“They’re probably only at 60 percent of where they typically peak,” Overeynder said.
The stream flow on the Roaring Fork River east of Aspen has been running between 900 and 1,000 cubic feet per second in recent days, he said. If Twin Lakes Reservoir and Canal Co. can divert water throughout the peak runoff period, it could potentially hold the flow around the 900- to 1,000-cfs level, Overeynder said.
The flows surged above 12,000 cfs during flooding in the 1980s and 1990s, according to Overeynder.
He noted that when the company decided to bypass flows, the water flow spiked from 400 to about 800 cfs. It has continued to rise since then.
“It’s been 16 years since the Roaring Fork flooded like this,” Overeynder said. The last time was July 1999.
The current water level poses little threat of destroying property and provides high ecological value. The high water level has flooded the North Star Nature Preserve east of Aspen. It replenishes groundwater levels and recharges wetlands, Overeynder said. If you think of the ground as a big sponge, he said, this high water level is moistening the sponge. The high, sustained flow in the river for a couple of weeks also will flush the channel of gravel, sand and debris.
A final benefit from the plan of action by the Twin Lakes Reservoir and Canal Co. will be easing peak runoff in the river at the time when Castle and Maroon Creeks are peaking. When the creeks have peaked in the past, it has led to flooding.
The two creeks typically peak at about 600 cfs. They are currently at 300 cfs. Forecasting peak runoff is an inexact science. Right now, it is anticipated to be seven to 10 days away, putting it in mid-June, Overeynder said.
In April, few people if any foresaw a problem with too much water during runoff. As recently as May 1, the federal government forecast lower-than-average stream flows in Colorado and throughout much of the West.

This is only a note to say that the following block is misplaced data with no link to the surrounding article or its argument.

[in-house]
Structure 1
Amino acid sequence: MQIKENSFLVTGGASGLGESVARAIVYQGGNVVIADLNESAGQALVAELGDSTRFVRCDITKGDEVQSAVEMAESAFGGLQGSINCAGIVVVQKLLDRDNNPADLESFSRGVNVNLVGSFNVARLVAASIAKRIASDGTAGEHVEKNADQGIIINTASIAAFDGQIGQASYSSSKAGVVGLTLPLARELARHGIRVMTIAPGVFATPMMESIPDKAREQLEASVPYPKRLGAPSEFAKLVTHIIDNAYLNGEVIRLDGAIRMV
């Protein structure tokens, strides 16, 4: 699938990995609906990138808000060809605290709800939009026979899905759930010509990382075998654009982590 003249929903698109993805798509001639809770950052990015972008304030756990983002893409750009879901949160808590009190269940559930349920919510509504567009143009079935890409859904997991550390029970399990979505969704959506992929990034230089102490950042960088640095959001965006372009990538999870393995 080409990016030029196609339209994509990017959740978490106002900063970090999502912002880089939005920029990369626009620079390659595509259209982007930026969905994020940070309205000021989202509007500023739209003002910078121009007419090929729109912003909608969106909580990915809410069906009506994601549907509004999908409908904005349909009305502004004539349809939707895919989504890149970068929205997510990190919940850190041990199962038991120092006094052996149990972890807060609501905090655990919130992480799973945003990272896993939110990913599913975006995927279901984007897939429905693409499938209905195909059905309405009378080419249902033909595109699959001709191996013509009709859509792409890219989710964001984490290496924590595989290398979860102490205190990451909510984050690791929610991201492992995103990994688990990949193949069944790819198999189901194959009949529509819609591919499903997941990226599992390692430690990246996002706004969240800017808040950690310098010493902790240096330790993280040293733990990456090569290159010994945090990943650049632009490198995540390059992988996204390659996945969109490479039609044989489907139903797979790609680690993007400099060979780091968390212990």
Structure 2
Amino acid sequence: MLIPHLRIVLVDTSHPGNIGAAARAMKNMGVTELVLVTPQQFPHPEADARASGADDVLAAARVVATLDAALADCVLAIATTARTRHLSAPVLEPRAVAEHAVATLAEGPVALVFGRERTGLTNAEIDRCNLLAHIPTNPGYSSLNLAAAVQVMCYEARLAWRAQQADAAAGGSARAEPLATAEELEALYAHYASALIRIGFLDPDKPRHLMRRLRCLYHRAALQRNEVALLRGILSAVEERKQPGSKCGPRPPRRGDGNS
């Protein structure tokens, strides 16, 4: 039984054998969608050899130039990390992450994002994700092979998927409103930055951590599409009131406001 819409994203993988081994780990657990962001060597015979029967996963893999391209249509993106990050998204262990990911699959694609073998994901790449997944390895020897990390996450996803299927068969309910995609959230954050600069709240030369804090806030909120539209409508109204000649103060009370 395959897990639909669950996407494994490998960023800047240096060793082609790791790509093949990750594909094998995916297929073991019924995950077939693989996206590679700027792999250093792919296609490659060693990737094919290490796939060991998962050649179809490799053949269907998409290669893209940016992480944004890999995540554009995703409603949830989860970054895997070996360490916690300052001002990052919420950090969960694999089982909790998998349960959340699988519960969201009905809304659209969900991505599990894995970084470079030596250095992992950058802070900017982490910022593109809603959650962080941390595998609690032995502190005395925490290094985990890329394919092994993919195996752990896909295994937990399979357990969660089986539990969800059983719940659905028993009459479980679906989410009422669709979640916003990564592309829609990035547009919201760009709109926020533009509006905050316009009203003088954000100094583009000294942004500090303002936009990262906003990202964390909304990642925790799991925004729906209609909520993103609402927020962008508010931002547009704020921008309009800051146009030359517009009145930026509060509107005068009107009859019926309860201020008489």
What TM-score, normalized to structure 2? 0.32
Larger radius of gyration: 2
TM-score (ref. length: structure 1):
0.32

“All the rainfall on the (Front Range) has changed the picture on the (Western) Slope because they’re not diverting as much,” Overeynder said.
Campbell said conditions on both sides of the Continental Divide have created unusual circumstances, such as his company forgoing diversions until later in the season.
“This is a rare event,” he said.
An extremely wet May has filled reservoirs close to capacity on both sides of the Continental Divide, with a lot of snow yet to melt.
Twin Lakes Reservoir and Canal Co. diverts water via the Independence Pass Transmountain Diversion System. Diversion structures move water from the Roaring Fork River as well as Lincoln Creek, Lost Man Creek, Brooklyn Creek, Tabor Creek, New York Creek and Grizzly Creek. Water is diverted to Grizzly Reservoir, up Lincoln Creek and then by tunnel to Lake Creek on the east side of the Continental Divide. The creek feeds Twin Lakes. The Twin Lakes Reservoir and Canal Co. gets its water via releases into the Arkansas River Basin.
Campbell said the company is managing flows at Grizzly Reservoir by mimicking nature. High daytime temperatures create runoff that often peaks at night, and then water levels drop during the day as nighttime temperatures slow the snowmelt.
Twin Lakes Reservoir and Canal Co. will monitor runoff with its partners and will resume diversions during peak runoff for as long as it has storage space available, Campbell said.
“Every year is a normal year, but things are always different and present different challenges,” he said.